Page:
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Acute Lung Injury: Making the Injured Lung Perform Better and Rebuilding Healthy Lungs

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Final rept. 1 Jul 2008-31 Dec 2013

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The focus of our original proposal was to identify new strategies for treating acute lung injury ALI. This is a complex condition associated with diffuse injury to the distal alveolar epithelial gas exchange surface, resulting in marked impairment in the ability of the lung to oxygenate the blood. While there are many causes of ALI , this condition commonly occurs in cancer patients due to the immunosuppressive and toxic effects of chemotherapy and the debilitating effects of cancer. In this grant, we propose d to develop ventilatory and cell based strategies to treat the ALI syndromes . Project 1 focused on developing a novel mode of ventilation variable ventilation VV that is less injurious to the already damaged lung . Using an in vitro system , we determined parameters of how this ventilator strategy works and how it can be optimized. We obtained an IND from the FDA to initiate a first in human pilot study on VV in patients with ALI , which is now ongoing. Project 2 was focused on identifying what stem cell populations to repair the injured alveolar epithelial surface. During the course of this grant, we made considerable progress in understanding the biology of lung stem cells, how they can be generated, and have begun studies to determine which cell type may be most efficacious in lung repair. Overall, we have been able to meet the basic objectives of our initial application, developed new knowledge in this important area , and will use what we have learned for further investigation.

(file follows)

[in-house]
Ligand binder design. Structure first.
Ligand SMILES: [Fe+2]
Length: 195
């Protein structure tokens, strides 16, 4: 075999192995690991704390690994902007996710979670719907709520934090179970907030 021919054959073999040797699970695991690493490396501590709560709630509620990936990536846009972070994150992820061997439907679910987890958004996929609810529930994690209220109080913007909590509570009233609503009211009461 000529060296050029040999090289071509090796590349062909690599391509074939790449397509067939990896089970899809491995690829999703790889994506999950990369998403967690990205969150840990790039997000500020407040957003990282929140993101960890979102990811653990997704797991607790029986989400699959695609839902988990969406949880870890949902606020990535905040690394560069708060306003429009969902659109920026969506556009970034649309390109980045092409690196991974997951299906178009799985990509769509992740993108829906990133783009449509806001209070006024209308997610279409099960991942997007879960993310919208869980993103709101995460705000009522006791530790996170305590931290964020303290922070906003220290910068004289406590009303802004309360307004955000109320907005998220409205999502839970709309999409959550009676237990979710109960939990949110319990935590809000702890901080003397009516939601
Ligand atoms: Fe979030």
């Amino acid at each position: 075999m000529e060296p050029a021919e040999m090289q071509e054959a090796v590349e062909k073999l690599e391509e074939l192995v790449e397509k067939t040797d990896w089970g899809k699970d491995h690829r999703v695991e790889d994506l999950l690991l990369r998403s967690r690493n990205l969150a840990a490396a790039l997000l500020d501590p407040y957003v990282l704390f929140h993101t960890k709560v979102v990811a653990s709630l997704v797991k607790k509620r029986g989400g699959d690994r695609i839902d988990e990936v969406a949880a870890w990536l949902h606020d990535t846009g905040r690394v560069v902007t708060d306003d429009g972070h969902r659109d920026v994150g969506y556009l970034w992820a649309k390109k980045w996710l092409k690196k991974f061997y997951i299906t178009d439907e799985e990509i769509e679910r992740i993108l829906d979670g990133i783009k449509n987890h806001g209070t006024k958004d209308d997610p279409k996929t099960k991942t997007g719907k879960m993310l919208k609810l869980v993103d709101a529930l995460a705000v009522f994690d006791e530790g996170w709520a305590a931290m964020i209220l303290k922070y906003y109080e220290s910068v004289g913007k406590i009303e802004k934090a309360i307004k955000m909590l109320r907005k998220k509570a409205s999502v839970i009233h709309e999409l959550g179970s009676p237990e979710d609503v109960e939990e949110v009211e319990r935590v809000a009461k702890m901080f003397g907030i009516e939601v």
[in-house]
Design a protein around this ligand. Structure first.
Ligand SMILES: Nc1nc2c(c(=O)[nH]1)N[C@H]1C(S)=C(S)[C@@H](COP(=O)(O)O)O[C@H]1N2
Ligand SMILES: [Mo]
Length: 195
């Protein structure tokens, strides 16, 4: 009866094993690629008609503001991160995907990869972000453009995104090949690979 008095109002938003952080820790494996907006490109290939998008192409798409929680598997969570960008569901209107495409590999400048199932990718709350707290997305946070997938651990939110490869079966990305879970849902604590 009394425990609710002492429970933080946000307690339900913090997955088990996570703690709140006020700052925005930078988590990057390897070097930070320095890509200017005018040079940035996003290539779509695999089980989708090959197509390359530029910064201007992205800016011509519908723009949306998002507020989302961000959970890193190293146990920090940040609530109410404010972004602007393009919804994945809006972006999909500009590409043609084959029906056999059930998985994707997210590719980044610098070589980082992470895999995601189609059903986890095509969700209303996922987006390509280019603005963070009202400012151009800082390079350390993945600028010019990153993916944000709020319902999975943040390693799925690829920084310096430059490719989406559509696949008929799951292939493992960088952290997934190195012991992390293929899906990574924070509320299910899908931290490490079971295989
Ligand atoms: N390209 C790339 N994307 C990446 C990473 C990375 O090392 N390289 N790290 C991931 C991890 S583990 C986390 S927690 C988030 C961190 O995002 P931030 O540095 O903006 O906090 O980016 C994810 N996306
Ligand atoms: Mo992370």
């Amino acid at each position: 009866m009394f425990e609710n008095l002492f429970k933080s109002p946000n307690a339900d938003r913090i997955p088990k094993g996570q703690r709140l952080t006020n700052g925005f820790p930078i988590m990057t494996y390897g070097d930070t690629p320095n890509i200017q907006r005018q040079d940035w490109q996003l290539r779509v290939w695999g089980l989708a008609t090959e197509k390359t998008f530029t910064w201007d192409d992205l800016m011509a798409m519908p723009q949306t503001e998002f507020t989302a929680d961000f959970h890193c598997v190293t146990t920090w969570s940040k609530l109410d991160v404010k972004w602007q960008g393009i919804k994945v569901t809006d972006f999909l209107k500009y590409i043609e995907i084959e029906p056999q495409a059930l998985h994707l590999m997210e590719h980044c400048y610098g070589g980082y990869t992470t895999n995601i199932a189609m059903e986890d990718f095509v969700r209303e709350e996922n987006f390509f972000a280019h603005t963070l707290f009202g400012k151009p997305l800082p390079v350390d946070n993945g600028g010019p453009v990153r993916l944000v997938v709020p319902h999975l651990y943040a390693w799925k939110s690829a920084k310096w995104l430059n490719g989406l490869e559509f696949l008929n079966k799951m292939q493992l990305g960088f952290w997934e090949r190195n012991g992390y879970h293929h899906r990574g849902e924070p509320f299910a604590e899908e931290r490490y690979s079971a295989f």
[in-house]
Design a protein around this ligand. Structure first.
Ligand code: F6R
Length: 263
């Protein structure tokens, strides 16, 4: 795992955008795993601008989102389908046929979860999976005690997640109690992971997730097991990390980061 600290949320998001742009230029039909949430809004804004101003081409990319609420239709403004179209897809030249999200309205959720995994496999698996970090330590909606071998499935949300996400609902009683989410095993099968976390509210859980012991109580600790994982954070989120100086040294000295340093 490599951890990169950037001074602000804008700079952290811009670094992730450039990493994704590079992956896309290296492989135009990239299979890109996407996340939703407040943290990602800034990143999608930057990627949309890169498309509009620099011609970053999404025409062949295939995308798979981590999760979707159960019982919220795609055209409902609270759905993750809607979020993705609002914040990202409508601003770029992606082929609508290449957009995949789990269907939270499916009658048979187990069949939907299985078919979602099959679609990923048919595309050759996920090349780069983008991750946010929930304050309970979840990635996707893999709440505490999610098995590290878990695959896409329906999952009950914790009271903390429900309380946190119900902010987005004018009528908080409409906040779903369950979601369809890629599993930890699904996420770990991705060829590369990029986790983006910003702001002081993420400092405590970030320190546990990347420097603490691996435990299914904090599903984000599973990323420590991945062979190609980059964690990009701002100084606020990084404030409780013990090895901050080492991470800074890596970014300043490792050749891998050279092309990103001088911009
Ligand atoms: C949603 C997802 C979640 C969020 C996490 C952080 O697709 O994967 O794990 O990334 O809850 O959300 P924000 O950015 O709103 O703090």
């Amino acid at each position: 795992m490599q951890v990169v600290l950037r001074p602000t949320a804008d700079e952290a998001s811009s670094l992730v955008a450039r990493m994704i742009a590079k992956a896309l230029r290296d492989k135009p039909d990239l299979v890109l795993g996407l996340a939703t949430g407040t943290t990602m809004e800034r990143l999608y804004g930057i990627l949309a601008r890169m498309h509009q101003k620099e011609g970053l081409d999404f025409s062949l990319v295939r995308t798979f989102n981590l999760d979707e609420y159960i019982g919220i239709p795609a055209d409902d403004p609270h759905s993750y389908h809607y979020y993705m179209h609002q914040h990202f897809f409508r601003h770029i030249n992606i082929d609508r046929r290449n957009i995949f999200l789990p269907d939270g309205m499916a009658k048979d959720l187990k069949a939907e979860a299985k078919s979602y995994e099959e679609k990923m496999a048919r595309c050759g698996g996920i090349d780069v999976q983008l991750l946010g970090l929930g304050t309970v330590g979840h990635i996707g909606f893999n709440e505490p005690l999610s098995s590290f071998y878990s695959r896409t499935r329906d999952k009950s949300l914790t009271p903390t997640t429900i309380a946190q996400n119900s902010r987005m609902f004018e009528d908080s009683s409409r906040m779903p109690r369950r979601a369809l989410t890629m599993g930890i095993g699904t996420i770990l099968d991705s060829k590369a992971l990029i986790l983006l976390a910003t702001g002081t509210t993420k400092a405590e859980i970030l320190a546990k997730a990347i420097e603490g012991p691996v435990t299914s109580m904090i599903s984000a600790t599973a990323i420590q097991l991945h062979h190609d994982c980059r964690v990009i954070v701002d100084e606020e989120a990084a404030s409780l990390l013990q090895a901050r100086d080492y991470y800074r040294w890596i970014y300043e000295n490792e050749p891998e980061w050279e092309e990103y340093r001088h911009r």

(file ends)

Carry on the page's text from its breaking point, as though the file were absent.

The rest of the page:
Subject Categories:

  • Biochemistry
  • Anatomy and Physiology
  • Medicine and Medical Research
  • Biomedical Instrumentation and Bioengineering

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